21 March 2009

Underground Supper Clubs & Some Gossip

I'll start with the gossip. It's been brought to my attention that my comment about "changes in my personal life" may have been misleading. These are good changes, people! I got a new job and have been extremely busy with that. Training has taken me 600 miles away from my husband, so we are adjusting to the change. I'm sorry I haven't been blogging as much, but it's tough when you don't have your own kitchen to cook in or your husband's camera to pawn! I just wanted to clear that up.

One more housekeeping note: with this post, I will have 35 posts in the year 2009. This means that in the month of March, I've already surpassed all of my posting from 2008. So, thanks for reading my blog and giving me reasons to continue posting my food adventures!

As for the underground supper clubs, I read a great article on CNN about this new trend, and I find it fascinating. Basically, well-known chefs host supper parties at their home or another location. The events are secretive - diners sign up on a website, like Entre - so elusive, you need a password to view the website. A better site to look at to get a feel for the concept is Guerilla Cuisine, located in Charleston. Once diners have signed up, they receive an email that tells them where to go and when, sometimes with a menu. When they show up for dinner, they are served a meal, sometimes by a mystery chef they never see.

What's so cool about this is that the food is gourmet - local, seasonal ingredients are prepared with creative interpretations and beautifully plated. Typical menus are prix fixe, and one meal is served, as would be the case at a dinner party in someone's home. This is not a restaurant experience, more of a "foodie" experience.

If you've ever been part of one of these supper clubs, I'd love to hear from you. I'd also be extremely interested in finding a supper club in Ohio or Connecticut. Do some digging to see if a supper club may be available in your area. It sounds like a fantastic way to meet new people, experience amazing cuisine, and step out of your dining out comfort zone.

(The photo above is courtesy of CNN's website)

17 March 2009

Happy St. Patrick's Day!

Hope your St. Patrick's Day was fantastic! I haven't been able to post in a while due to some changes in my personal life, but I thought this would be a great meal to share with you.

I love the Americanized version of St. Paddy's Day fare - corned beef, boiled potatoes, carrots, and cabbage. Tonight, I put together a delicious dinner that didn't require much effort at all.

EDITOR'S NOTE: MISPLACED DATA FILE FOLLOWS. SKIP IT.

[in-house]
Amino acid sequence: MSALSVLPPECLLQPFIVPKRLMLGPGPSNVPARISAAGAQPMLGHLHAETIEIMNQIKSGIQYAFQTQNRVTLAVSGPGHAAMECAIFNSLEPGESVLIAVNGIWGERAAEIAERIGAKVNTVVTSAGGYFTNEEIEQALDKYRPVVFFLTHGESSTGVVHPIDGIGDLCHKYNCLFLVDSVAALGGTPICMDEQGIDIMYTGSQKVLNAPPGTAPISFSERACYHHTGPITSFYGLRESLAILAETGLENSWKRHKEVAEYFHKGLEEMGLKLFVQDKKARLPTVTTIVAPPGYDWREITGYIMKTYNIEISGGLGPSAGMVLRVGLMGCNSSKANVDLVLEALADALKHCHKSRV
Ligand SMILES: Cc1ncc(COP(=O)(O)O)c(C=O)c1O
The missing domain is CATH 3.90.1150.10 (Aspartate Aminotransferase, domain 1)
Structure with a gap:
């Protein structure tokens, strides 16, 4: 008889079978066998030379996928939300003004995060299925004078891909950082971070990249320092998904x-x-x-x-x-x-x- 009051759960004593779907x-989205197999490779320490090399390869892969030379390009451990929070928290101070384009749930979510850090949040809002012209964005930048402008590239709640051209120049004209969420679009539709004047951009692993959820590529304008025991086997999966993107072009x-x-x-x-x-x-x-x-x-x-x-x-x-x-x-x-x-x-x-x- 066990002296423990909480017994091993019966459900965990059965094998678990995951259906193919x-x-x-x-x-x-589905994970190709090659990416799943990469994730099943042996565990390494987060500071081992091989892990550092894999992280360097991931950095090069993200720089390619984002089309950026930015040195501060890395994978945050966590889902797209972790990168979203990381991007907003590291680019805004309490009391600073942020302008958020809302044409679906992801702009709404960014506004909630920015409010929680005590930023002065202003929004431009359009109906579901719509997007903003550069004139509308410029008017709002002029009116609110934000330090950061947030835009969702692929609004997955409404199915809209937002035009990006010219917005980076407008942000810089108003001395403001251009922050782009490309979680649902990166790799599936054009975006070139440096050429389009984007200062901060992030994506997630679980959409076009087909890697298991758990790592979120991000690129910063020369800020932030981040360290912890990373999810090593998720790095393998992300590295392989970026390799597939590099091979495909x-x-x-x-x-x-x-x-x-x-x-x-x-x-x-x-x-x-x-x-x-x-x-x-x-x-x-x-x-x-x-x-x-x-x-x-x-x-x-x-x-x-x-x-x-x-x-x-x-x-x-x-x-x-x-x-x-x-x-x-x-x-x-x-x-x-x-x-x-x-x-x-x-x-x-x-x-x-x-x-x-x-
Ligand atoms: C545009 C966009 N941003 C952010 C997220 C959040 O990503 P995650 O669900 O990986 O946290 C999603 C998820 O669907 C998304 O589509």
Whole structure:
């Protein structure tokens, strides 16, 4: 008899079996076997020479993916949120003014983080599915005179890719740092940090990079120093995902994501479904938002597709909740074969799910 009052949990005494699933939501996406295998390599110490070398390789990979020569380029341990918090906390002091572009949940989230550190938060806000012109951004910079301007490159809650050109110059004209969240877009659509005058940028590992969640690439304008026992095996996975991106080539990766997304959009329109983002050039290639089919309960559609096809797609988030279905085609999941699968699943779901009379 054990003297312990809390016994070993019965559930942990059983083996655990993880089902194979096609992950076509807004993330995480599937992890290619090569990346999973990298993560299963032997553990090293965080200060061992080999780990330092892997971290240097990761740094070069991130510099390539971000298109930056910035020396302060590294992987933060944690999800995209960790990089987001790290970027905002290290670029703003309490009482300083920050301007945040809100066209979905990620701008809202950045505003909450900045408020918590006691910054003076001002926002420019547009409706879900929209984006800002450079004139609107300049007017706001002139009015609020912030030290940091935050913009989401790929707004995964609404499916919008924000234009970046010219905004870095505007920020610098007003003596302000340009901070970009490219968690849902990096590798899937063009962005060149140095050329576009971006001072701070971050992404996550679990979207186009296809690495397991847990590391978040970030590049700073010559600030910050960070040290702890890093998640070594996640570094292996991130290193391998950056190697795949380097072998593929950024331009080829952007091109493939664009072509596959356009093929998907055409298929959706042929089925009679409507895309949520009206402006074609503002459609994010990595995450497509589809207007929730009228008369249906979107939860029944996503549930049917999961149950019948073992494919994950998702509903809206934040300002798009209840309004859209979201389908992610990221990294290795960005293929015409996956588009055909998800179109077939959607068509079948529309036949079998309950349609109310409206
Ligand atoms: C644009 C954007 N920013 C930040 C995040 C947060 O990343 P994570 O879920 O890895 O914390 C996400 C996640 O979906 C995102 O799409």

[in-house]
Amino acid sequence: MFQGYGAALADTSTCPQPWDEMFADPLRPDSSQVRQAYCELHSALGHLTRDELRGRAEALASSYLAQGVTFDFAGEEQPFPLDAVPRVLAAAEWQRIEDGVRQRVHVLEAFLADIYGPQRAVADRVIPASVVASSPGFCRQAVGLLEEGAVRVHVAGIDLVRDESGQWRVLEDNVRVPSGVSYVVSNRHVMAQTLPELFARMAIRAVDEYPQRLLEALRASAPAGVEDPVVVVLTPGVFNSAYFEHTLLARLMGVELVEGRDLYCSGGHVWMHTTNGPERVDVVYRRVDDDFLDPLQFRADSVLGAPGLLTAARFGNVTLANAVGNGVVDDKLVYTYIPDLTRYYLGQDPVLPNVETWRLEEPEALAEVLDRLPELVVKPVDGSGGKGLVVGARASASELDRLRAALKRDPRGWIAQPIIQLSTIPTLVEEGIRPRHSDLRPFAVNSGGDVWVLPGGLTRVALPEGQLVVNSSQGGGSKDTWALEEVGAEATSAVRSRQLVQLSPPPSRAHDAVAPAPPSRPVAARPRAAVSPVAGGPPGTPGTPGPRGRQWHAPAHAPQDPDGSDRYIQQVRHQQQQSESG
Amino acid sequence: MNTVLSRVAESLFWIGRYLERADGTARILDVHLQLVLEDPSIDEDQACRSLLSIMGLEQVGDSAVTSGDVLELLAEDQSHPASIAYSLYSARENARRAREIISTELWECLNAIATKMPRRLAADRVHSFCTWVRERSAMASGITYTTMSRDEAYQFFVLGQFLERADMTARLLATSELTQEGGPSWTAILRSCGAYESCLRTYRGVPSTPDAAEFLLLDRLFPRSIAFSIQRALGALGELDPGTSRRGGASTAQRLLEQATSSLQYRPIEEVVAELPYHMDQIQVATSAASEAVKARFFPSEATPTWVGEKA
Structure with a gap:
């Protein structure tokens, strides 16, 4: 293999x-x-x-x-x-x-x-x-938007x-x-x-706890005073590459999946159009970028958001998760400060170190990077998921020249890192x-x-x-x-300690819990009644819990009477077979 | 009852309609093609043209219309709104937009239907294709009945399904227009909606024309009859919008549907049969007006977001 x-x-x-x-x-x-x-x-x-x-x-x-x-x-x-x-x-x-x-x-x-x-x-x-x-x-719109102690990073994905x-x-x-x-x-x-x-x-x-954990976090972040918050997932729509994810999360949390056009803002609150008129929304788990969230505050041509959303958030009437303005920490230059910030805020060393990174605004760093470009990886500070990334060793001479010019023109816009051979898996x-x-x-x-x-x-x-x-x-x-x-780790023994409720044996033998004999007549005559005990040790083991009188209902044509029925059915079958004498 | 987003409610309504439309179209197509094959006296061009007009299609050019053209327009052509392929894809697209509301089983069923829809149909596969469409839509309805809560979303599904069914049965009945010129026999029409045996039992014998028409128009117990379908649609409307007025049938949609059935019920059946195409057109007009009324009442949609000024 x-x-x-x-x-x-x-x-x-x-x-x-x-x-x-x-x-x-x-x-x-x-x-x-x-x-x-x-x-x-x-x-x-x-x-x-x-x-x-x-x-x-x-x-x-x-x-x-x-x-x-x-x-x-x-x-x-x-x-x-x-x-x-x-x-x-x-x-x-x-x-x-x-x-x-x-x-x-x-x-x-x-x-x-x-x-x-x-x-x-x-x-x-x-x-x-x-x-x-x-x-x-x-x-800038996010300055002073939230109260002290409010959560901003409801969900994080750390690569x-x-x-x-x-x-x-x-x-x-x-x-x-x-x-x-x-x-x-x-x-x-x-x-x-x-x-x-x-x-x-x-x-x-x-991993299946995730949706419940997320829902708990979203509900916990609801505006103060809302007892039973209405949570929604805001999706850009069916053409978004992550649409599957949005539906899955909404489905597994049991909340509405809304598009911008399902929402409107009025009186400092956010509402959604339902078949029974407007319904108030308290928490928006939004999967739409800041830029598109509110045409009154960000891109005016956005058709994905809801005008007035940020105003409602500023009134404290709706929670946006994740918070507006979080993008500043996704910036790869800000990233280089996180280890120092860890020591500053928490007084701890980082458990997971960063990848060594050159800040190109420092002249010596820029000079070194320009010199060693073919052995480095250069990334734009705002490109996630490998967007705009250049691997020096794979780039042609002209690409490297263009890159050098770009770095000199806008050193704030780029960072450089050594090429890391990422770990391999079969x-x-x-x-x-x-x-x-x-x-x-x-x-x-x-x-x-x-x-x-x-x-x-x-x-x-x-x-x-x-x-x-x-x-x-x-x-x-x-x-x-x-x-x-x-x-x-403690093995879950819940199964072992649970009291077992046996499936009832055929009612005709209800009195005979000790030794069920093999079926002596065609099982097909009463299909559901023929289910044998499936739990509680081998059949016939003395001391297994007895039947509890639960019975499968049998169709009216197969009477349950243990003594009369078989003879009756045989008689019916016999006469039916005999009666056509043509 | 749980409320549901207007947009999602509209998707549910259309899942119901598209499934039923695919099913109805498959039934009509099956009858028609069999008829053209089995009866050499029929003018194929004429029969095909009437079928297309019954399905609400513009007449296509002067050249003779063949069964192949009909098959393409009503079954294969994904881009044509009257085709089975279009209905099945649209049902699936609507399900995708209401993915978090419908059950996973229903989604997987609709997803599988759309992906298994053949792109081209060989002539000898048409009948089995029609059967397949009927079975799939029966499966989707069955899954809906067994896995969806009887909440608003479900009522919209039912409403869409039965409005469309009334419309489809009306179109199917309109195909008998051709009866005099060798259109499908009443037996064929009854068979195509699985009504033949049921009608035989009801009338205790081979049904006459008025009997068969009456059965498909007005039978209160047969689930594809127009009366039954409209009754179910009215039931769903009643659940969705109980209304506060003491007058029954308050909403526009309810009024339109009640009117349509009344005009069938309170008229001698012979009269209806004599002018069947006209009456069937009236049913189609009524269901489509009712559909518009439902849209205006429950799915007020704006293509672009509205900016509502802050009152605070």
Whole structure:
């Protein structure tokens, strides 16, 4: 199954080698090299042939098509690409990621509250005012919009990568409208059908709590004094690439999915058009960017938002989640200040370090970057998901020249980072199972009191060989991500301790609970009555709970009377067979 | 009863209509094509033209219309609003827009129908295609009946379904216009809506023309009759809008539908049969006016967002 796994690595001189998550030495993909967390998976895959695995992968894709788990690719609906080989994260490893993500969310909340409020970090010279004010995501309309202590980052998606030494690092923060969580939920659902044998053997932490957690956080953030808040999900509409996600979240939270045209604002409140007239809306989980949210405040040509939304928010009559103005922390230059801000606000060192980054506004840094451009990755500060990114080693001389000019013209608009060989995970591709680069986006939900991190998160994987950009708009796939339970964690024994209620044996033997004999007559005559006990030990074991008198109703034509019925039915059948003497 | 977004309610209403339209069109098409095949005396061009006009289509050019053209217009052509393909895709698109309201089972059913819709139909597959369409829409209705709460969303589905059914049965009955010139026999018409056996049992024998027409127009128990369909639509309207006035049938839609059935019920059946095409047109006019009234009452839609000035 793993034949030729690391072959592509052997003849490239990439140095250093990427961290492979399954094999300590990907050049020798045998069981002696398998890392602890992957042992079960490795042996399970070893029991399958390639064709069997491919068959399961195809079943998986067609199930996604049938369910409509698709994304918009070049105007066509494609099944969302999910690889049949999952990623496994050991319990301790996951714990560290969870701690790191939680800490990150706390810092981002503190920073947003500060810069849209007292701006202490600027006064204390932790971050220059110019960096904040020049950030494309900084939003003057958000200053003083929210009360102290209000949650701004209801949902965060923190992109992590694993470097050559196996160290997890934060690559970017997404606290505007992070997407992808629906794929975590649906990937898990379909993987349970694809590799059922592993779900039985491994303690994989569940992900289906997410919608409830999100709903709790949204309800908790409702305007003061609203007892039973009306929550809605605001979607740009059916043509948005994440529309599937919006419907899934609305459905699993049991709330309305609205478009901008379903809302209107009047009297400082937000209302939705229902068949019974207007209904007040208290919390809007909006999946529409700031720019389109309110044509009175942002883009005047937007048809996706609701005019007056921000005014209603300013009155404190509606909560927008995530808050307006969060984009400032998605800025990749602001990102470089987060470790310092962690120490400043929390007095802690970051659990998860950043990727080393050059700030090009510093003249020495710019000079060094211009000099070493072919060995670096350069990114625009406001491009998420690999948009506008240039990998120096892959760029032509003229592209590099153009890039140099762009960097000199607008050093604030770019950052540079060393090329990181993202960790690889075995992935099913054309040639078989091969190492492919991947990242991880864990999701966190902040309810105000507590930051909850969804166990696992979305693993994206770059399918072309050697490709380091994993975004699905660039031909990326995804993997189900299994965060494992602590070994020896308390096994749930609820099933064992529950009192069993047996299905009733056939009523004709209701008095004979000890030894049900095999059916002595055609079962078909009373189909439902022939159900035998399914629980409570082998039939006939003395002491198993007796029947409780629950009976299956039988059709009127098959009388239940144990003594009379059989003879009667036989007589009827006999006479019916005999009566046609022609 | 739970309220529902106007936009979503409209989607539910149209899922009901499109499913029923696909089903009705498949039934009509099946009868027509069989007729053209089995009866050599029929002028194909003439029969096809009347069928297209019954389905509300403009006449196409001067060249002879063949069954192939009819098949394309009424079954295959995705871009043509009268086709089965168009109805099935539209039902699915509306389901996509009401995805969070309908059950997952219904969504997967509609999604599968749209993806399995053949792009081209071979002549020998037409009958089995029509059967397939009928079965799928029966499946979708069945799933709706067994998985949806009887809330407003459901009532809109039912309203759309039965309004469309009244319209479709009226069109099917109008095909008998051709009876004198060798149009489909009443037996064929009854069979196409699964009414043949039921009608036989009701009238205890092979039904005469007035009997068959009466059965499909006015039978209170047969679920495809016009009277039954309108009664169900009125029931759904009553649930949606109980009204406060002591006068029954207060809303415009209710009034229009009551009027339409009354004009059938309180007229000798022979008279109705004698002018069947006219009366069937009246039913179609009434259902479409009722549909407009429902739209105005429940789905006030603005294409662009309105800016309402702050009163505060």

I cooked the corned beef last night, following the directions on the package. The meat came with a spice packet, which I used when I boiled it. I thought it imparted nice flavor and saved me some time and effort. My mom and I wrapped it in foil and stored it in the fridge overnight. We sliced it while it was cold and then heated up the slices. I made all the side dishes tonight, and that was definitely the way to do it.

Parsley Dill Potatoes

3 large baking potatoes, peeled
2 tsp. butter
1 tbsp. parsley
1 tsp. dill seeds
salt & pepper to taste

Halve potatoes lengthwise, then halve each piece lengthwise again. Chop the potatoes into chunks - I got 5-6 pieces from each quarter. Place potatoes in a pot and cover with water. Bring to a boil and cook potatoes until fork tender. Strain potatoes and move to a bowl. Toss with butter, parsley, dill, salt, and pepper.

For the buttery carrots, I boiled six handfuls of carrots in an inch of water. I strained them, then added a pat of butter and a little salt. I cored a head of cabbage, then chopped it into ten pieces. I placed them in a steamer basket and boiled water under it for steamed cabbage. Lastly, I made sauteed onions by slicing onions into 0.5" wide half moons and sauteeing in cooking spray.

My mom opted for a St. Patrick's Day sandwich - American cheese, corned beef, sauteed onions, and steamed cabbage piled high on wheat bread. Yum!

It's a lucky day, so I'm reflecting on my good fortune, and I feel so lucky for all I have. Happy St. Patrick's Day!

01 March 2009

Chocolate Chip Cookie Shapes

After I adopted a soldier, I decided I wanted to send him treats in the mail. I wanted to send something that would stand up to shipping and last as long as possible so they would (hopefully) still be fresh when they got there. I thought chocolate chip cookies would be a nice homemade treat.

I haven't done much experimenting with chocolate chip cookie recipes. I typically use the Nestle recipe - with one variation.

I add one box of instant vanilla pudding to the dry ingredients before I mix the cookie dough. This makes the cookies stay soft for a longer period of time. They puff up nicely and stay puffed.

My pan was 12" x 17" - too large for one batch of cookies. I did some calculations based on the information on the bag of chocolate chips, and decided multiplying the recipe by 7/3 would be the right amount.

It worked out well. Once my giant batch of cookies was mixed, I dumped it all out onto the pan.

I spread the cookie dough out with a spatula as evenly as possible and baked according to the recipe directions.

To cut the cookies into shapes, I used a heart-shaped cookie cutter. I sent the cookies out the week before Valentine's Day, hoping they would get there in time.

In order to cut them out, I pressed the cookie cutter down, then slid a spatula underneath. I kept the cutter in place and lifted the whole thing to a rack to cool.

The cookies were large - my increased recipe made about 12 hearts. I cut up the "crusts" and Andrew and I ate them for three days!

I wrapped the cookies individually in plastic wrap. The ones that were shipped, I also wrapped in bubble wrap so they wouldn't get crushed. You could use this method for any shape - the cookies are scrumptious and festive.